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Bishop, Clyde (1942- )

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Clyde Bishop is a diplomat and public policy educator who served as a United States Ambassador to the Marshall Islands. A native of Wilmington, Delaware, Bishop holds a bachelor’s degree in Sociology from Delaware State University (1964), a master’s degree in Sociology (1972) and a Ph.D. in Public Policy Analysis (1976) from the University of Delaware. He is also fluent in Italian, Portuguese, and Spanish.

Prior to his career in U.S. Foreign Service, Bishop worked in higher education as the director of Urban Studies at Southern Illinois University where he served from 1974 to 1977 until he returned to Delaware State College (now University) as the Chairperson for the Department of Sociology and Urban Affairs from 1977 to 1980.

Bishop joined the U.S. Foreign Service in 1981 and received his first post in Palermo, Italy, where he served as a Consular Economic Officer. He then held the post of Principal Officer in the consulate in Naples, Italy. His other assignments included consular postings in Bombay (Mumbai), India, Hong Kong, China, Rio de Janeiro, Brazil, and Seoul, South Korea.

On July 18, 2006, while he was serving as the Counsel General to the Dominican Republic in Santo Domingo, Bishop was nominated by President George W. Bush to be U.S. Ambassador to the Marshall Islands. After U.S. Senate confirmation, Bishop presented his credentials to the Marshall Islands government in the capital, Majuro, on December 7, 2007.

While serving as Ambassador, Bishop became involved in a number of projects, the most important of which was cleaning up and transforming the U.S. Army Kwajalein Atoll/Reagan Test Site which had been used for nuclear weapons testing during the Cold War.    

As the principal representative of the United States in the islands, Ambassador Bishop also received the majority of the criticism surrounding the inadequate compensation provided to Marshall Islanders who were exposed to decades of U.S. nuclear testing. According to Bishop such criticism was unwarranted since the United States in 1986 had provided $300 million in compensation to individuals and families in addition to over $350 million dollars paid out to local health services as of 2009. Although the dispute over compensation was not resolved during his time as ambassador, Bishop did call on American corporations to increase their investments in the islands to create jobs and raise the overall level of prosperity among the island’s mostly impoverished residents.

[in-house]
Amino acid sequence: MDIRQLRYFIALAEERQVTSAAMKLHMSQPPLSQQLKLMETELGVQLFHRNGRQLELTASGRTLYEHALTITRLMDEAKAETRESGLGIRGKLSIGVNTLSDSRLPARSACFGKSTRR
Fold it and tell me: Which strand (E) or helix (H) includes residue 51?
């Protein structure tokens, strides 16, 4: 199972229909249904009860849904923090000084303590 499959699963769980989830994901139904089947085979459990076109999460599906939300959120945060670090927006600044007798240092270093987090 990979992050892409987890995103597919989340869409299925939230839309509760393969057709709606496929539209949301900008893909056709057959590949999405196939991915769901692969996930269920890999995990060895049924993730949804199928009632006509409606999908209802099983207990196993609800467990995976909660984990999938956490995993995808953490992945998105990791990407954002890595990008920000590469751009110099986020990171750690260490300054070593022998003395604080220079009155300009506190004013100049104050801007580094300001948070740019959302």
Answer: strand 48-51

In April 2009 Bishop resigned his post as Ambassador, returned to the United States and retired from the U.S. Foreign Service.   

Since retirement Ambassador Bishop has served as Diplomat in Residence at the City College of New York. During his career Bishop received a number of noteworthy awards from the U.S. State Department including the Meritorious Honor Award in 1989 and 1998 and the Superior Honor Award in 1990. Today Ambassador Bishop continues to serve as an international humanitarian working closely with organizations such as the Salvation Army.

Ambassador Clyde Bishop is married to Cynthia DePaulo and they have two children, Sean and Jeanne, from a previous marriage.

Sources:
“U.S. Nuclear Compensation to RMI Inadequate: Yet far exceeds French Offer,” Pacific Island Report: Pacific Island Development Programs/East-West Center, March 27, 2009, http://pidp.eastwestcenter.org/pireport/2009/March/03-27-25.htm; Marco Marales, “U.S. Ambassador gives views on Kwajalein Transition, Relations with Marshall Islands,” The Eagle 15, no. 3 (March 2008); “Ambassador Clyde Bishop,” U.S. State Department Archives, December 5, 2006, http://2001-2009.state.gov/r/pa/ei/biog/81543.htm.

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University of Maryland-Baltimore County

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